In 2015, the rules were amended to expressly permit judges to “make reasonable efforts to facilitate the ability of unrepresented litigants to have their matters fairly heard” (22 NYCRR 100.3[B][12]). We presume this provision was intended to allow judges greater discretion, within the ethical bounds of integrity, impartiality, fairness and independence, to accommodate the unique individualized needs of unrepresented litigants.


         In contrast, our “pro se remittal” rule, by design, removes a judge’s discretion when a party is unrepresented. Where a judge with a remittable conflict has searched their conscience and ascertained that they can be fair and impartial in a particular matter, has fully disclosed the basis for disqualification, and all those who have appeared and not defaulted in the matter freely and affirmatively request the judge to preside in full knowledge of the conflict, the judge ordinarily has discretion to accept remittal of disqualification and preside in the case. But if any party is appearing without counsel, our rule requires the judge to disqualify from the matter, regardless of all other considerations, even if the parties are present, fully informed about the conflict, and anxious to go forward. In such circumstances, our rule is likely to delay resolution of the matter, may require additional appearances and expenses, and may financially impact the parties. The administrative burden, especially in courts where many litigants are unrepresented, is high, as administrative and supervising judges must replace judges who have remittable conflicts but are prohibited from offering or accepting remittal of disqualification simply because an unrepresented litigant is participating.


         Although significant advances have been made to provide counsel to every defendant at arraignment, we note that significant burdens remain in the criminal context. For example, if a judge serving in the centralized arraignment part learns of a conflict with the assistant public defender on duty, the defendant may need to be held longer in police custody while either an alternative arraigning judge or other defense counsel is found. Or, where a criminal case has been transferred to a new judge post-arraignment, and the judge becomes aware of a remittable conflict, the judge is immediately disqualified if the defendant is appearing without counsel at that stage (or is represented by defense counsel whose presence causes a conflict for the judge). Again, in such circumstances, the defendant’s liberty interests may be negatively affected. Ironically, these issues may potentially be exacerbated in light of bail reform initiatives, since bail can no longer be set in other than specified serious offenses and would have effectuated the defendant’s post-arraignment, required release on recognizance sooner rather than later, had the judge been permitted to offer an opportunity to remit disqualification.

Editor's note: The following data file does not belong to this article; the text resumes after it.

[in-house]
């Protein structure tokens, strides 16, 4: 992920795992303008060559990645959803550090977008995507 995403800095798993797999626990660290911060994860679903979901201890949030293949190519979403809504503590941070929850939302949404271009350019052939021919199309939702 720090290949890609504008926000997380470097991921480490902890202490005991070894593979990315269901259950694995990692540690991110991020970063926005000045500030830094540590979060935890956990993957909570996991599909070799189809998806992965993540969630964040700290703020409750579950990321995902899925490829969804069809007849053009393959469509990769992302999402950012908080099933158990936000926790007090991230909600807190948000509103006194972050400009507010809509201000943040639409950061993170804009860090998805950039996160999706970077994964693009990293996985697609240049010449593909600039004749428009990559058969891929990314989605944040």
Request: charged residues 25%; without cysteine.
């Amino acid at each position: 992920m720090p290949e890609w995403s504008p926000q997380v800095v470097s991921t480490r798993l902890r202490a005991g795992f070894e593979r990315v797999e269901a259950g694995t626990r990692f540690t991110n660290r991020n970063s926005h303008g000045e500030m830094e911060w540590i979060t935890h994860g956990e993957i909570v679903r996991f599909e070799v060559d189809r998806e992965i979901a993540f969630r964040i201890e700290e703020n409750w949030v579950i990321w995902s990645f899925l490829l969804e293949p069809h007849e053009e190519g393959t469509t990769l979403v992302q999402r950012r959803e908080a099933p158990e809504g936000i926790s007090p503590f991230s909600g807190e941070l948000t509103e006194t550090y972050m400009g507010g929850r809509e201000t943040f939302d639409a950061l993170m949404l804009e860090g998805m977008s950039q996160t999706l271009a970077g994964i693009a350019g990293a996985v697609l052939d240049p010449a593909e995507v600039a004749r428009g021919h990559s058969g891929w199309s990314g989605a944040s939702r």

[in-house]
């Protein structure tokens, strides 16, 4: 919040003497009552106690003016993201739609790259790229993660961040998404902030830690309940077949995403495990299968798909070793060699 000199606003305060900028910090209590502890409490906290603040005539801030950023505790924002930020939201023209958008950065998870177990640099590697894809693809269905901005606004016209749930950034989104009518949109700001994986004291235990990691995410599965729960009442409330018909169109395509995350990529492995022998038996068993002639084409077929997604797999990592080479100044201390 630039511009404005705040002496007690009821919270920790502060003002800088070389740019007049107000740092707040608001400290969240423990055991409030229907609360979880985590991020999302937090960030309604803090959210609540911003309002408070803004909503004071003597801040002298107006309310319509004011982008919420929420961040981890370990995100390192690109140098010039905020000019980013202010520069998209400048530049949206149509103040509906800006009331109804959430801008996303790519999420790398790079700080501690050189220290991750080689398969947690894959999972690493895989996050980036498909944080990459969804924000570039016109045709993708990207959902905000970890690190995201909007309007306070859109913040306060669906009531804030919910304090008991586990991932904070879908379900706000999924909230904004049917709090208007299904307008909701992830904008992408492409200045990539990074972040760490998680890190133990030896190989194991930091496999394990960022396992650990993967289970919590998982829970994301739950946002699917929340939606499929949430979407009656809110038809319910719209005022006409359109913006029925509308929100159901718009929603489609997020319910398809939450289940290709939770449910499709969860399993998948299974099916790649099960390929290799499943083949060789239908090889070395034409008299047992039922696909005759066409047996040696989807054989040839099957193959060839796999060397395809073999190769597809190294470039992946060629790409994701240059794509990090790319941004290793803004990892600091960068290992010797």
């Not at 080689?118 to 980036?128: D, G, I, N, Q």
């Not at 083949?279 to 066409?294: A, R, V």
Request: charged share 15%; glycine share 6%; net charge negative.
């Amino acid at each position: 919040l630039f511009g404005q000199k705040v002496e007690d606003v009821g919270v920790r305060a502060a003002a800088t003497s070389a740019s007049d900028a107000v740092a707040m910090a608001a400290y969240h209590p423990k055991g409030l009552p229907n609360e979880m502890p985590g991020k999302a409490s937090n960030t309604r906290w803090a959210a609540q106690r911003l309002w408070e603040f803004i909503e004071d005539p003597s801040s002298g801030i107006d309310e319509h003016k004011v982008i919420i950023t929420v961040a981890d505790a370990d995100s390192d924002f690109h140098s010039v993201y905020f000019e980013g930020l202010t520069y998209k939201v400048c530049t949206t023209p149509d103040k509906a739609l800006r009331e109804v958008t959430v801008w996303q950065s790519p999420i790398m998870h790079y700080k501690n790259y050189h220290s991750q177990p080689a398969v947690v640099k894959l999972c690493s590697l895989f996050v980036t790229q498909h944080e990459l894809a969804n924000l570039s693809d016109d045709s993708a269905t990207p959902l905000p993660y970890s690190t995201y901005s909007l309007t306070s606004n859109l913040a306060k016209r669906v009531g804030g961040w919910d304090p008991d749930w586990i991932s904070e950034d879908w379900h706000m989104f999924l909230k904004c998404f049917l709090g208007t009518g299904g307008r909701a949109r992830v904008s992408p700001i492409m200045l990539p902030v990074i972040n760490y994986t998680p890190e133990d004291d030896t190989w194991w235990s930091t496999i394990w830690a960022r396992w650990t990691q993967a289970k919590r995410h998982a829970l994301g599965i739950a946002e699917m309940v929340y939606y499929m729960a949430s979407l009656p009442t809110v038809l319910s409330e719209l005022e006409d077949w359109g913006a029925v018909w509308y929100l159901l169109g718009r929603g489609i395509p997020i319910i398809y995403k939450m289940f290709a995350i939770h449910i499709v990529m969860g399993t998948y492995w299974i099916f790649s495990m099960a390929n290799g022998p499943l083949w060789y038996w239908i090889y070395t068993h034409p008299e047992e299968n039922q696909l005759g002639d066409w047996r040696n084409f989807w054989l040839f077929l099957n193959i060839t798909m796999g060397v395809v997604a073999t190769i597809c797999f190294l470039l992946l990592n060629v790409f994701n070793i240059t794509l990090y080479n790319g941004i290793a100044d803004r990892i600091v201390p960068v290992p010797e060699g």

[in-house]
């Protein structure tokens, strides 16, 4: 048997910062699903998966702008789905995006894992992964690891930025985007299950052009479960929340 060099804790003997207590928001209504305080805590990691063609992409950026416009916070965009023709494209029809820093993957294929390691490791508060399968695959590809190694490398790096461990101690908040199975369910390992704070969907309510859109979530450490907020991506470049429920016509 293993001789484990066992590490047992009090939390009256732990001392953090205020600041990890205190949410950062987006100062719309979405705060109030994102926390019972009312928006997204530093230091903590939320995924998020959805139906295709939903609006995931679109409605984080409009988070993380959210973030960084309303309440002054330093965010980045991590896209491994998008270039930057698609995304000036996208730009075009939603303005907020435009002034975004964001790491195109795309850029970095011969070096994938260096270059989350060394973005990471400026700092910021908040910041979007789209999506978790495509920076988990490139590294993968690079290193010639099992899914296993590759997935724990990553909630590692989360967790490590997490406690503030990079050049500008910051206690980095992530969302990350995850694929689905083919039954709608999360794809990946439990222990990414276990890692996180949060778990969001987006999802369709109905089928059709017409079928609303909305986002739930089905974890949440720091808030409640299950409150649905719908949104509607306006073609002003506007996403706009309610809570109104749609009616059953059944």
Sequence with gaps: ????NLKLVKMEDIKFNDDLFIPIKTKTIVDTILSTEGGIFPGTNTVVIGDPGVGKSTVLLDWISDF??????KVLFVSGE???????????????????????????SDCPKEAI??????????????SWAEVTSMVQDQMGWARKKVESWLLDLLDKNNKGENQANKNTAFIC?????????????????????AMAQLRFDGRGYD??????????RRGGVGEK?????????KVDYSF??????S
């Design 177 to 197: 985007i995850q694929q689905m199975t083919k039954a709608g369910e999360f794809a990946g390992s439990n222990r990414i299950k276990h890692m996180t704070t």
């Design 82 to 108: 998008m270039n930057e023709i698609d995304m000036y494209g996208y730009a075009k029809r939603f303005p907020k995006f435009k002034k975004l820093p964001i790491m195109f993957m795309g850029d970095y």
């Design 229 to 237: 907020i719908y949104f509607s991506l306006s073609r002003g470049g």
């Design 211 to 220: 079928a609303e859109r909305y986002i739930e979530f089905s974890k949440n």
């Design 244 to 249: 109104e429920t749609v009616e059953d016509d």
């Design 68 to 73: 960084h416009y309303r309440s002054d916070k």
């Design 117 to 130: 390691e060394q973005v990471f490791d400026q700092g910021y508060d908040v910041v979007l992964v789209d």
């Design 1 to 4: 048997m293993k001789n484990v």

Finally, we note that unrepresented litigants are trusted to make other substantial decisions about their legal rights (e.g. whether to waive a jury trial or even the right to counsel), and we see no reason why they cannot also make a decision about whether or not to waive a conflict that the judge has fully disclosed to them. Again, we emphasize that the rigorous remittal process itself provides many protections, first by placing the burden on the judge to (1) search their conscience and determine that they can, in fact, be fair and impartial and (2) make full and sufficient disclosure, and then by placing the power of decision solely in the hands of the parties and, if represented, their counsel.


         Thus, we conclude that judges should be vested with discretion, consistent with the spirit of Section 100.3(B)(12), as to whether to offer the parties the opportunity to consider remittal, notwithstanding that one or more parties are appearing without counsel. We emphasize that such discretion works in both directions. That is, a conflicted judge may still, in their sole discretion, simply recuse in a matter involving unrepresented litigants rather than offering an opportunity for remittal, even if the judge believes they could be fair and impartial.2 Moreover, a judge also has full discretion to adopt any procedures they may deem necessary or advisable in a particular matter, including but not limited to asking questions to satisfy themselves that an unrepresented litigant’s consent is knowing and uncoerced, before accepting remittal of disqualification.


         All prior opinions prohibiting remittal of disqualification where a party is appearing without counsel are hereby amended consistent with this opinion.3






1 We have also framed it as an exceptionally close reading of the text of Section 100.3(F) (see Opinion 20-22 fn 3), although that reading is only one of several possible good-faith interpretations of the text.


2 A judge might wish to do so, for example, if they conclude that the full disclosure required for voluntary affirmative consent would involve disclosure of personal, embarrassing, and/or sensitive information that they do not wish to share with an unrepresented litigant. We note, in this regard, that Judiciary Law § 9 does not, on its face, appear to mandate a particular level of disclosure, and also does not require disclosure where “the reason may result in embarrassment, or is of a personal nature, affecting the judge or a person related to the judge within the sixth degree by consanguinity or affinity.”


3 As a corollary to our “pro se remittal” rule, we have said that where disclosure (or disclosure and insulation) is mandated in lieu of outright disqualification, a judge may not preside if any party is appearing without counsel. In abolishing the “pro se remittal” rule, we also abolish this follow-on requirement.